DANIEL DECATUR EMMETT
(born Oct. 29, 1815, Mount Vernon, Ohio, U.S. - died June 28, 1904, Mount Vernon), U.S. composer of "Dixie" and organizer of one of the first minstrel show troupes.
The son of a blacksmith, he joined the army at age 17 as a fifer. After his discharge in 1835 he played the drum in travelling circus bands. He was also a capable violinist, flutist, and singer. In 1843 in New York City he and three co-performers organized the Virginia Minstrels, a troupe that competes with the Christy Minstrels for recognition as the earliest minstrel show troupe. In 1858 Emmett joined the Bryant Minstrels.
His song "Dixie", written in 1859, was originally a "walk-around", or concluding number for a minstrel show. It attained national popularity and was later the unofficial national anthem of the Confederacy during the U.S. Civil War (1861-65) and the South thereafter. Several sets of words, Northern and Southern, were written for the song, but it survives in its version with Emmett's words.According to the most common explanation of the name, $10 notes issued before 1860 by the Citizens' Bank of New Orleans and used largely by French-speaking residents were imprinted with dix (French: "ten") on the reverse side; hence the land of Dixies, or Dixie Land, which applied to Louisiana and eventually the whole South. The song was originally a "hooray song" or walk-around in Jerry Bryant's minstrel show, for which Emmett, a native Ohioan of Virginian parents, performed and wrote music. It was played at the inauguration of Confederate Pres. Jefferson Davis on Feb. 18, 1861, in Montgomery, Ala.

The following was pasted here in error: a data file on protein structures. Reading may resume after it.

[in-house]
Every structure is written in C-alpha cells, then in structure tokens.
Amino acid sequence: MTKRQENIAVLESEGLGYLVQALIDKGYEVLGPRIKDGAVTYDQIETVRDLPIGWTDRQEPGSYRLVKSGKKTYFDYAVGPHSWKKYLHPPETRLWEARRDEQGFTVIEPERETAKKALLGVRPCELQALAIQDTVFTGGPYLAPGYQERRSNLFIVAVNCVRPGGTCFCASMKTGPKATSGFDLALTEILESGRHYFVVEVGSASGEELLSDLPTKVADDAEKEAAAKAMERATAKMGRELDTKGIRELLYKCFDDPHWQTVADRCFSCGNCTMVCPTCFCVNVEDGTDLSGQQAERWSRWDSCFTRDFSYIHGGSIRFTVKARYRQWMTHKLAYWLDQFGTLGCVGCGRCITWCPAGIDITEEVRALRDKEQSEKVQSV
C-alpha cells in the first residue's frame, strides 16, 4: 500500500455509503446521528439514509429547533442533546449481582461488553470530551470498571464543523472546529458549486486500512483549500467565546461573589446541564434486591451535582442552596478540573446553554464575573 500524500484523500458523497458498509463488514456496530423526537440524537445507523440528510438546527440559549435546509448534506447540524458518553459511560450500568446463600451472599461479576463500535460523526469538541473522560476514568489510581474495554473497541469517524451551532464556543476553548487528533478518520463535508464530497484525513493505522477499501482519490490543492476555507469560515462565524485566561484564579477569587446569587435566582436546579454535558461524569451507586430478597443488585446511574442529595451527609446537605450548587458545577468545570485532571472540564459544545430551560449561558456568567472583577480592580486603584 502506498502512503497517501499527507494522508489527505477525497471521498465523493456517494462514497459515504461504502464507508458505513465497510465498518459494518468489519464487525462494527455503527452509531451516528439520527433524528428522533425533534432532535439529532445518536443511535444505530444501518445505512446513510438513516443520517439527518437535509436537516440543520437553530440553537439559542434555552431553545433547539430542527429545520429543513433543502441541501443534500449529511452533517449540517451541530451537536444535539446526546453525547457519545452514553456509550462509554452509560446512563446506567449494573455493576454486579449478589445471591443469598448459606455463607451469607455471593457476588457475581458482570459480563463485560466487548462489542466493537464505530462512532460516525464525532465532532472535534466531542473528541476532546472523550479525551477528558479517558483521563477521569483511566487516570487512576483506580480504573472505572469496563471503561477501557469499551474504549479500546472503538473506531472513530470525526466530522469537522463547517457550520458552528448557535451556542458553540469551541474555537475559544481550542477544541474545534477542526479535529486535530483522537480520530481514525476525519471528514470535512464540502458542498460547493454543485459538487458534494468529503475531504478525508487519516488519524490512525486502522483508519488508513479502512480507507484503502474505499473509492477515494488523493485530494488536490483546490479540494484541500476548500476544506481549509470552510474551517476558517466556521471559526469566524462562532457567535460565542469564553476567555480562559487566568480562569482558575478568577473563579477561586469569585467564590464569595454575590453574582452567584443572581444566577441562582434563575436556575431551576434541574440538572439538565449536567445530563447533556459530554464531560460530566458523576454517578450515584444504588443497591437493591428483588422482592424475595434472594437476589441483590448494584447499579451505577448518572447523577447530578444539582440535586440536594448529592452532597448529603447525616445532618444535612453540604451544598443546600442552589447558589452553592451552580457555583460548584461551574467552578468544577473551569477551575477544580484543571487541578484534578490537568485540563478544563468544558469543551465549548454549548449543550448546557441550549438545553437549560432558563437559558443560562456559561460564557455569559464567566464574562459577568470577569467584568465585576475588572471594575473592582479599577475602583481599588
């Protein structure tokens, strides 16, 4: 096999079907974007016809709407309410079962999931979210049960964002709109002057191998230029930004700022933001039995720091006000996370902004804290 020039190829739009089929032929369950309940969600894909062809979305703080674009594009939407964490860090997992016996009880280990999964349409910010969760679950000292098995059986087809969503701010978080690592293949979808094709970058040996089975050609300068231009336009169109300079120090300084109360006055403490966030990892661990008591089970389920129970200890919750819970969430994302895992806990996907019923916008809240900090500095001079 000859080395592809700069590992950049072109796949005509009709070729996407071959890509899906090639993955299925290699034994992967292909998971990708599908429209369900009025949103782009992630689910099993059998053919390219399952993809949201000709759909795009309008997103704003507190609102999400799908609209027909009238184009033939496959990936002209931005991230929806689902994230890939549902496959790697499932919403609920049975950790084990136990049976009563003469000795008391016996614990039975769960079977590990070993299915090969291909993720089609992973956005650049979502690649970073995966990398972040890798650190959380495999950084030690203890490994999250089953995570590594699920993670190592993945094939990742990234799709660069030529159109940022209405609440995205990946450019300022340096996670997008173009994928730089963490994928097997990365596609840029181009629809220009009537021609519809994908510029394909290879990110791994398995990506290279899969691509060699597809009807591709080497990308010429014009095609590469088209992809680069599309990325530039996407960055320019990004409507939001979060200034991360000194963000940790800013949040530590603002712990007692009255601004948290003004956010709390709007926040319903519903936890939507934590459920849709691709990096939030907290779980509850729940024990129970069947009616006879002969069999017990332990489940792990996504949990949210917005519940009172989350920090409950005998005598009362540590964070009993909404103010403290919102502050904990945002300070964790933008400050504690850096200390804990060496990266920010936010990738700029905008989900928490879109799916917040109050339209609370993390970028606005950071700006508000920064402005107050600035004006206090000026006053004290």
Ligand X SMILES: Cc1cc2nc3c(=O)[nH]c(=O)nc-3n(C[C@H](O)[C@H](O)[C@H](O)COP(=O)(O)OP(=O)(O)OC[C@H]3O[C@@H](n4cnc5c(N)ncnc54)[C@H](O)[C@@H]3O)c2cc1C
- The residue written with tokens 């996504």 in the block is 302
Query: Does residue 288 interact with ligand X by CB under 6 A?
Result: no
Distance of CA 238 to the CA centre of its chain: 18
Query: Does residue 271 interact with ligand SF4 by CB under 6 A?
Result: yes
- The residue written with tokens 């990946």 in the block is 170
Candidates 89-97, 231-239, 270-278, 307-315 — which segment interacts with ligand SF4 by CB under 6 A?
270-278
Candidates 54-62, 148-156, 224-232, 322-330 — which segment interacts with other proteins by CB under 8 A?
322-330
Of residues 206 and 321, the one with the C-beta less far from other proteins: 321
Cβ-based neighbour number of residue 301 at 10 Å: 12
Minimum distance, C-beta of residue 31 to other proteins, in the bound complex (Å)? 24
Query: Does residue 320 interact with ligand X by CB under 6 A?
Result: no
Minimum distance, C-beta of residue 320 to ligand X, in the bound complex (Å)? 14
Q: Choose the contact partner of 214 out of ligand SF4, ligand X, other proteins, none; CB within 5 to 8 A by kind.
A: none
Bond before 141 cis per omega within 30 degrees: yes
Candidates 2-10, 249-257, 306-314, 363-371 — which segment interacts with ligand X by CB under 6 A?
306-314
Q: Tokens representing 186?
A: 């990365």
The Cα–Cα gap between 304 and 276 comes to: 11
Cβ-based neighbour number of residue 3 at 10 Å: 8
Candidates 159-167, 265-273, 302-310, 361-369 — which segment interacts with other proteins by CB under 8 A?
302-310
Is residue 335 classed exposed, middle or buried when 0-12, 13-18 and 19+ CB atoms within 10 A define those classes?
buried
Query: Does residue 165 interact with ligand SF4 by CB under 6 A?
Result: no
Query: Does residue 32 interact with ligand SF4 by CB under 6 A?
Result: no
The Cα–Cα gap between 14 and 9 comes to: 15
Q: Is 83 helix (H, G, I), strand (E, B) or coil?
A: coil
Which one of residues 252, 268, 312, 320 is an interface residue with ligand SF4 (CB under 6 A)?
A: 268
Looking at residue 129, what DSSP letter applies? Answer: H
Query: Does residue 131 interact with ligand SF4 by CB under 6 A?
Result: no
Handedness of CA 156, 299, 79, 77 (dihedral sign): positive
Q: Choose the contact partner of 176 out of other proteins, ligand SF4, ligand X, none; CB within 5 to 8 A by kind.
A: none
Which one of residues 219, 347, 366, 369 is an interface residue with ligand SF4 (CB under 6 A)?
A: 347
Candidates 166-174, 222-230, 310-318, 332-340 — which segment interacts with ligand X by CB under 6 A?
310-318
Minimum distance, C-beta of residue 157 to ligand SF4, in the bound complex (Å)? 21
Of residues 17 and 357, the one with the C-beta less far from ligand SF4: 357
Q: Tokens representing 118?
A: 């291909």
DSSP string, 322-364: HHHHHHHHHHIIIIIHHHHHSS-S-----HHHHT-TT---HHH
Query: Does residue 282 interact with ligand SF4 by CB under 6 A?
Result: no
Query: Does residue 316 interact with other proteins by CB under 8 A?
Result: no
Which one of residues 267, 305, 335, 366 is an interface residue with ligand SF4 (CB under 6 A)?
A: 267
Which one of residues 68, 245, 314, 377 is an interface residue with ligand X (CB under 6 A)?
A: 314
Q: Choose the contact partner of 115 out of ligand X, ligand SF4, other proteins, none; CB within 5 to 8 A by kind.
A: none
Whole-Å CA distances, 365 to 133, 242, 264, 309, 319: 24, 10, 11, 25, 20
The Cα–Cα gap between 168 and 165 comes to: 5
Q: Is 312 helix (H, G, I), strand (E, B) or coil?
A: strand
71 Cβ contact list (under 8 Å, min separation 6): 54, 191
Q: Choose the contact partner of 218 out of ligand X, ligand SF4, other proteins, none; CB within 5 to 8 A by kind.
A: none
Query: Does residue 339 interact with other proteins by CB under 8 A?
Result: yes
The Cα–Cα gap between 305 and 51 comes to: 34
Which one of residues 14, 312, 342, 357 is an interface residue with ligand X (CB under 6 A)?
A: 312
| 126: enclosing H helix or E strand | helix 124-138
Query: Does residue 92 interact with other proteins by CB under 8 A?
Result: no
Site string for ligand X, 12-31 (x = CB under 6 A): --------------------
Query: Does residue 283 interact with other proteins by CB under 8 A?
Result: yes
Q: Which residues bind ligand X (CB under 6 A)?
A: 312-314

Emmett retired in 1888 but subsequently toured in 1895 with A.G. Field's minstrel troupe.